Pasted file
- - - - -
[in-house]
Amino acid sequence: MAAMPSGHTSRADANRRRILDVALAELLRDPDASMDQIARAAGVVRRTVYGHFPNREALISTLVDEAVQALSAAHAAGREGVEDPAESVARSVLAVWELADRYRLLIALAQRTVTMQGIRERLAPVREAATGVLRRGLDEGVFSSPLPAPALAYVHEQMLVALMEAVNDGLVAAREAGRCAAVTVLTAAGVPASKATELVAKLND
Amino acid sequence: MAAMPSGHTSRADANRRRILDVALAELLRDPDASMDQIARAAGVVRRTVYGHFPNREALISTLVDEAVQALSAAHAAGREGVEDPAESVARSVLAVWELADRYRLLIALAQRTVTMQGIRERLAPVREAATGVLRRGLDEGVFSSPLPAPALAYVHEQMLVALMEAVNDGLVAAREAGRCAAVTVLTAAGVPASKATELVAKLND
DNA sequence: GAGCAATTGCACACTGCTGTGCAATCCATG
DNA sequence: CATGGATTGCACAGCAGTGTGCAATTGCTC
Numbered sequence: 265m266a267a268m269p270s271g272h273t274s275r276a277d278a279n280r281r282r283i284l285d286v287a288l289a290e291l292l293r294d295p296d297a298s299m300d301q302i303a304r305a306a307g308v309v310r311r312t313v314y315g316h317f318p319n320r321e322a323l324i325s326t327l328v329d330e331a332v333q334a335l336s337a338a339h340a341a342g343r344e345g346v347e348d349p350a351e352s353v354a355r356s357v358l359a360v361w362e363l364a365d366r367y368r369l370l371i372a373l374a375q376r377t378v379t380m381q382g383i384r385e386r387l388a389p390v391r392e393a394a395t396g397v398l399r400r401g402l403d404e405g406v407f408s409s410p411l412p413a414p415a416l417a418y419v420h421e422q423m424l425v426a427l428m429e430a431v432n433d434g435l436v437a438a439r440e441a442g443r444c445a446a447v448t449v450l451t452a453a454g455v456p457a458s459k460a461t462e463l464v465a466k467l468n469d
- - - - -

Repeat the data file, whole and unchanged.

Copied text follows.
[in-house]
Amino acid sequence: MAAMPSGHTSRADANRRRILDVALAELLRDPDASMDQIARAAGVVRRTVYGHFPNREALISTLVDEAVQALSAAHAAGREGVEDPAESVARSVLAVWELADRYRLLIALAQRTVTMQGIRERLAPVREAATGVLRRGLDEGVFSSPLPAPALAYVHEQMLVALMEAVNDGLVAAREAGRCAAVTVLTAAGVPASKATELVAKLND
Amino acid sequence: MAAMPSGHTSRADANRRRILDVALAELLRDPDASMDQIARAAGVVRRTVYGHFPNREALISTLVDEAVQALSAAHAAGREGVEDPAESVARSVLAVWELADRYRLLIALAQRTVTMQGIRERLAPVREAATGVLRRGLDEGVFSSPLPAPALAYVHEQMLVALMEAVNDGLVAAREAGRCAAVTVLTAAGVPASKATELVAKLND
DNA sequence: GAGCAATTGCACACTGCTGTGCAATCCATG
DNA sequence: CATGGATTGCACAGCAGTGTGCAATTGCTC
Numbered sequence: 265m266a267a268m269p270s271g272h273t274s275r276a277d278a279n280r281r282r283i284l285d286v287a288l289a290e291l292l293r294d295p296d297a298s299m300d301q302i303a304r305a306a307g308v309v310r311r312t313v314y315g316h317f318p319n320r321e322a323l324i325s326t327l328v329d330e331a332v333q334a335l336s337a338a339h340a341a342g343r344e345g346v347e348d349p350a351e352s353v354a355r356s357v358l359a360v361w362e363l364a365d366r367y368r369l370l371i372a373l374a375q376r377t378v379t380m381q382g383i384r385e386r387l388a389p390v391r392e393a394a395t396g397v398l399r400r401g402l403d404e405g406v407f408s409s410p411l412p413a414p415a416l417a418y419v420h421e422q423m424l425v426a427l428m429e430a431v432n433d434g435l436v437a438a439r440e441a442g443r444c445a446a447v448t449v450l451t452a453a454g455v456p457a458s459k460a461t462e463l464v465a466k467l468n469d